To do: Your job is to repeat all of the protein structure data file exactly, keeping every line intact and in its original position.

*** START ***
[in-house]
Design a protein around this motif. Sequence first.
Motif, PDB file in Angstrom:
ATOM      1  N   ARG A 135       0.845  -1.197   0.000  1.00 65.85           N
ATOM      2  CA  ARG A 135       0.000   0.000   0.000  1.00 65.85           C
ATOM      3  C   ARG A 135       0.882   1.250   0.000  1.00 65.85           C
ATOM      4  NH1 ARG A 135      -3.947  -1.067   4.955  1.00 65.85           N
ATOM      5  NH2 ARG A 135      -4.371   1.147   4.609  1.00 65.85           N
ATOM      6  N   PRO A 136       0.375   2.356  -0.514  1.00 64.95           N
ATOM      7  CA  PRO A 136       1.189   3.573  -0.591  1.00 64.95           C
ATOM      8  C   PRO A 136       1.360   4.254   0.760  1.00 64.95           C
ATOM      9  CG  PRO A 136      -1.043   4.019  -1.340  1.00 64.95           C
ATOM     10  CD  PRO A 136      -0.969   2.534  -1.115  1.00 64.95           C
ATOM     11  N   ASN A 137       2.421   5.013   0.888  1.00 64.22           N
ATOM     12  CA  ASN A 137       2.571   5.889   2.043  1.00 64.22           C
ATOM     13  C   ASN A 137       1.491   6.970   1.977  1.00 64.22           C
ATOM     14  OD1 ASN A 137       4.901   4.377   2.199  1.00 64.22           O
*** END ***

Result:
[in-house]
Design a protein around this motif. Sequence first.
Motif, PDB file in Angstrom:
ATOM      1  N   ARG A 135       0.845  -1.197   0.000  1.00 65.85           N
ATOM      2  CA  ARG A 135       0.000   0.000   0.000  1.00 65.85           C
ATOM      3  C   ARG A 135       0.882   1.250   0.000  1.00 65.85           C
ATOM      4  NH1 ARG A 135      -3.947  -1.067   4.955  1.00 65.85           N
ATOM      5  NH2 ARG A 135      -4.371   1.147   4.609  1.00 65.85           N
ATOM      6  N   PRO A 136       0.375   2.356  -0.514  1.00 64.95           N
ATOM      7  CA  PRO A 136       1.189   3.573  -0.591  1.00 64.95           C
ATOM      8  C   PRO A 136       1.360   4.254   0.760  1.00 64.95           C
ATOM      9  CG  PRO A 136      -1.043   4.019  -1.340  1.00 64.95           C
ATOM     10  CD  PRO A 136      -0.969   2.534  -1.115  1.00 64.95           C
ATOM     11  N   ASN A 137       2.421   5.013   0.888  1.00 64.22           N
ATOM     12  CA  ASN A 137       2.571   5.889   2.043  1.00 64.22           C
ATOM     13  C   ASN A 137       1.491   6.970   1.977  1.00 64.22           C
ATOM     14  OD1 ASN A 137       4.901   4.377   2.199  1.00 64.22           O